You arrive to work at 6:30 a.m. and find a night-shift nurse crying outside your office door. Between tears, the nurse tells you about a patient and her husband who have done nothing but complain since they arrived. The woman, who was brought to the hospital by her husband about a half-hour earlier, is scheduled for a one-day surgical procedure. It was evident that no matter what staff had done to appease this couple, they had already decided they were not going to be satisfied.
What should you do? This scenario requires that you put on your leadership hat, because the most important concern related to this conflict is that the patient and her scheduled procedure are major risk-management issues for the staff and the organization.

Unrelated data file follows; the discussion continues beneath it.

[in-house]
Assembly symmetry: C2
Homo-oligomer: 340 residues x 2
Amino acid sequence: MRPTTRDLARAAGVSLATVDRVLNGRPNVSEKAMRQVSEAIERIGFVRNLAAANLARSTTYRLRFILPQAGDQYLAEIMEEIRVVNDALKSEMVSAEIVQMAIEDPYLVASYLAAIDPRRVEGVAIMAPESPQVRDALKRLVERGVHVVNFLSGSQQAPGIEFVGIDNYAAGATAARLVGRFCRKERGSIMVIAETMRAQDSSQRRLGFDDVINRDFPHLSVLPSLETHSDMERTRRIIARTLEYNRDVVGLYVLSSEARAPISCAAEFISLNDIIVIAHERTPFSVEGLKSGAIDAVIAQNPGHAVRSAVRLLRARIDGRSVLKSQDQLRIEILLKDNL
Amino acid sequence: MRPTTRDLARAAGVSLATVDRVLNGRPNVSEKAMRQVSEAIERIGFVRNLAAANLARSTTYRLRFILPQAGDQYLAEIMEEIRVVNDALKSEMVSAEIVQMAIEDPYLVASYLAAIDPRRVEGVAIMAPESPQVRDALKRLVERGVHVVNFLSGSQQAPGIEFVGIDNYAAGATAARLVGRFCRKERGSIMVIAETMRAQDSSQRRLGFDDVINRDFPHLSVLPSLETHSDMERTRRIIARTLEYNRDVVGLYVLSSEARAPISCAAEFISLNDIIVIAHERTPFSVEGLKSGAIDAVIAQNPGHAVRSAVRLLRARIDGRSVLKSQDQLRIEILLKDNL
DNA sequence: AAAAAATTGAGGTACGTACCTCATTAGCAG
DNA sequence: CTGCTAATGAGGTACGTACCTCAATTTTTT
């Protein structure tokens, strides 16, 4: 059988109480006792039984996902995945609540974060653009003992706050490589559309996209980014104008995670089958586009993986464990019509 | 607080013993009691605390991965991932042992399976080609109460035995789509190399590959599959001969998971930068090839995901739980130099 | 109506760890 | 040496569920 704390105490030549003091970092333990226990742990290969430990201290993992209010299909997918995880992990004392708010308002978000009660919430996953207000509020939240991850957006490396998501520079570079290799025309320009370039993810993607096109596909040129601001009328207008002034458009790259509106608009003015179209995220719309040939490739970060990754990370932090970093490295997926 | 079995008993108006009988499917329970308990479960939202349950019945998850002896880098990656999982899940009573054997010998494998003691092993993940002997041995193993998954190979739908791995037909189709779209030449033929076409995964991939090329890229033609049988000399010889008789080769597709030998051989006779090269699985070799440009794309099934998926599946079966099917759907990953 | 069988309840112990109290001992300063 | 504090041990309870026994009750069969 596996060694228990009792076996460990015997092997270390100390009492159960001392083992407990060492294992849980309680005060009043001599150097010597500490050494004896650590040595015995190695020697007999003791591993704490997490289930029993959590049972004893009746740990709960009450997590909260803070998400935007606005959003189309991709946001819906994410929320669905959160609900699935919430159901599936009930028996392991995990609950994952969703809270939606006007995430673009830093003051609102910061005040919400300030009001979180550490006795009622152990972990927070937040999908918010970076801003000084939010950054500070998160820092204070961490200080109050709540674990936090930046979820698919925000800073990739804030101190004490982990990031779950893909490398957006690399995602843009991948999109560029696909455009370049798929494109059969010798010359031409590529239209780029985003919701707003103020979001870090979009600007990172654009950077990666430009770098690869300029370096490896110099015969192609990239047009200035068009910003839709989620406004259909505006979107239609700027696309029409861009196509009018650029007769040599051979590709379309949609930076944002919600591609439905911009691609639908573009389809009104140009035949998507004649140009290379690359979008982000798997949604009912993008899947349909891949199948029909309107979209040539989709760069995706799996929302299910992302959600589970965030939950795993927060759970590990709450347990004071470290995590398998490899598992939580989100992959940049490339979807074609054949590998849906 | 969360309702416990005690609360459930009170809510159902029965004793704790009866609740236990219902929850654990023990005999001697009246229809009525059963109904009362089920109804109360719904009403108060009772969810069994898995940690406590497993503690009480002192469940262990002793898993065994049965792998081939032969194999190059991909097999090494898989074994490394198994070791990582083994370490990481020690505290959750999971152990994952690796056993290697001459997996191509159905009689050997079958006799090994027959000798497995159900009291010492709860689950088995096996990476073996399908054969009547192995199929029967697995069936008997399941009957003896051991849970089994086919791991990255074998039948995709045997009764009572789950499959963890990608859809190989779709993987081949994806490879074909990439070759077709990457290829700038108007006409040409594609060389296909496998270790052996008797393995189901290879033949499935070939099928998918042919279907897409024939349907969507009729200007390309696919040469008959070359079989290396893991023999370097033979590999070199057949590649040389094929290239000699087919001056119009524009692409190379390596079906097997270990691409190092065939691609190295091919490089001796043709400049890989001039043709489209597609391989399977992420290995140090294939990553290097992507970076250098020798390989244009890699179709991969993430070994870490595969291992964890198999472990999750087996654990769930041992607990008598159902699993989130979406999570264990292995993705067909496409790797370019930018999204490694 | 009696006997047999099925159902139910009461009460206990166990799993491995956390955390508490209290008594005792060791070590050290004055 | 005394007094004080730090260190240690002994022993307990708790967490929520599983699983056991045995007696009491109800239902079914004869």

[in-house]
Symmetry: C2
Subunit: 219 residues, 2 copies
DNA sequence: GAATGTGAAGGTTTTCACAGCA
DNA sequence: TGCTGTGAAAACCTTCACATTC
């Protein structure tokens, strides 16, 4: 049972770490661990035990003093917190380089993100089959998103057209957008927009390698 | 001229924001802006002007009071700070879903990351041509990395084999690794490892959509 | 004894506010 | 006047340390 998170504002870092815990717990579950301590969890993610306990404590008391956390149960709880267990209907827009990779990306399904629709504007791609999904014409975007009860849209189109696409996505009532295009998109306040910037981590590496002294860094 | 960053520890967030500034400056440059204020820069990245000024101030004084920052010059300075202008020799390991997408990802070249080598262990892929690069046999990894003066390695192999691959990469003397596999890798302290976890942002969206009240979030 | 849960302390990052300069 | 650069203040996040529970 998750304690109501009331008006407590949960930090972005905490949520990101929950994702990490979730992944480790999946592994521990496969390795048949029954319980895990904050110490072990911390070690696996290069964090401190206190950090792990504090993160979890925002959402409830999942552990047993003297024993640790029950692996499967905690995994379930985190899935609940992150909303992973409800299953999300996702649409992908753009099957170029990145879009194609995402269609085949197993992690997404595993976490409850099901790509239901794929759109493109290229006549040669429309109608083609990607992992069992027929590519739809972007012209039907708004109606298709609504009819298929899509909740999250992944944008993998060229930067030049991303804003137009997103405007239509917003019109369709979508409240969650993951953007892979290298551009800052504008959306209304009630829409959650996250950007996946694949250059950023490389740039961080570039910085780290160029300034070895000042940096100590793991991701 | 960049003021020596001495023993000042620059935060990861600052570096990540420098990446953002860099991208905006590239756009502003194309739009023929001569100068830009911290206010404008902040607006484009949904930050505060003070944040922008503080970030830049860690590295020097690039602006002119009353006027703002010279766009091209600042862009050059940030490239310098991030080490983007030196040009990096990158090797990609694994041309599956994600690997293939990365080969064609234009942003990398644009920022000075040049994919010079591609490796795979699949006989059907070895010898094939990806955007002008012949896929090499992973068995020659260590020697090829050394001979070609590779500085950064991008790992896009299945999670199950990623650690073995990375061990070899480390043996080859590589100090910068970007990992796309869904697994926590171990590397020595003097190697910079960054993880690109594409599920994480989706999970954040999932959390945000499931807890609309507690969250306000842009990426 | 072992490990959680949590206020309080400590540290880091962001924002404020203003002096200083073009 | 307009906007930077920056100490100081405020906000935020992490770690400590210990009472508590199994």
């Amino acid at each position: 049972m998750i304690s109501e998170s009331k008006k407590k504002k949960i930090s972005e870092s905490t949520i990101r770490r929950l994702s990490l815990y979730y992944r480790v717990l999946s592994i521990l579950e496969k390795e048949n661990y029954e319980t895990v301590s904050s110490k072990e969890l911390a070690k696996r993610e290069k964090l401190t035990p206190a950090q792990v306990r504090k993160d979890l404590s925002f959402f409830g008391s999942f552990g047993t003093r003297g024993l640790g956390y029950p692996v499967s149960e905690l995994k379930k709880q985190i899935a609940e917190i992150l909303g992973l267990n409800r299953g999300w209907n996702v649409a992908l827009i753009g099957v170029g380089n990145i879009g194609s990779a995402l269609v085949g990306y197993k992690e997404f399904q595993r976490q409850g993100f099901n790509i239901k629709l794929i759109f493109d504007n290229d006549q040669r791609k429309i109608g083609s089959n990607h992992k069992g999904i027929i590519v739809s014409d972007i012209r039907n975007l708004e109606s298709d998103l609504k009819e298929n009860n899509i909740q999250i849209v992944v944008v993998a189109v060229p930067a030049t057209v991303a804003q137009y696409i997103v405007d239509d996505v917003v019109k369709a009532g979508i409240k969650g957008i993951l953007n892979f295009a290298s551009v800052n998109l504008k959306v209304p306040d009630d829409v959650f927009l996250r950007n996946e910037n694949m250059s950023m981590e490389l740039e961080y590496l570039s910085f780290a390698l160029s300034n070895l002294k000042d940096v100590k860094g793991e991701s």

Introduce yourself to the patient and family. Share with them that you understand that they feel your department is not meeting their expectations. With that in mind, inform them that you have contacted the surgeon to make him aware of how unhappy they are with the staff.
Never be afraid to admit that the patient or visitor was wrong, and be prepared to deal with this conflict using an approach that does not leave you feeling exposed. In other words, bring in your manager, a patient advocate, or another member of the administrative team to assist in dealing with this conflict.
Editor's note: The above excerpt was from our online course, "Nursing CE Series: Communication & Conflict Management for Nurse Managers." For more information about our nursing resources, click here.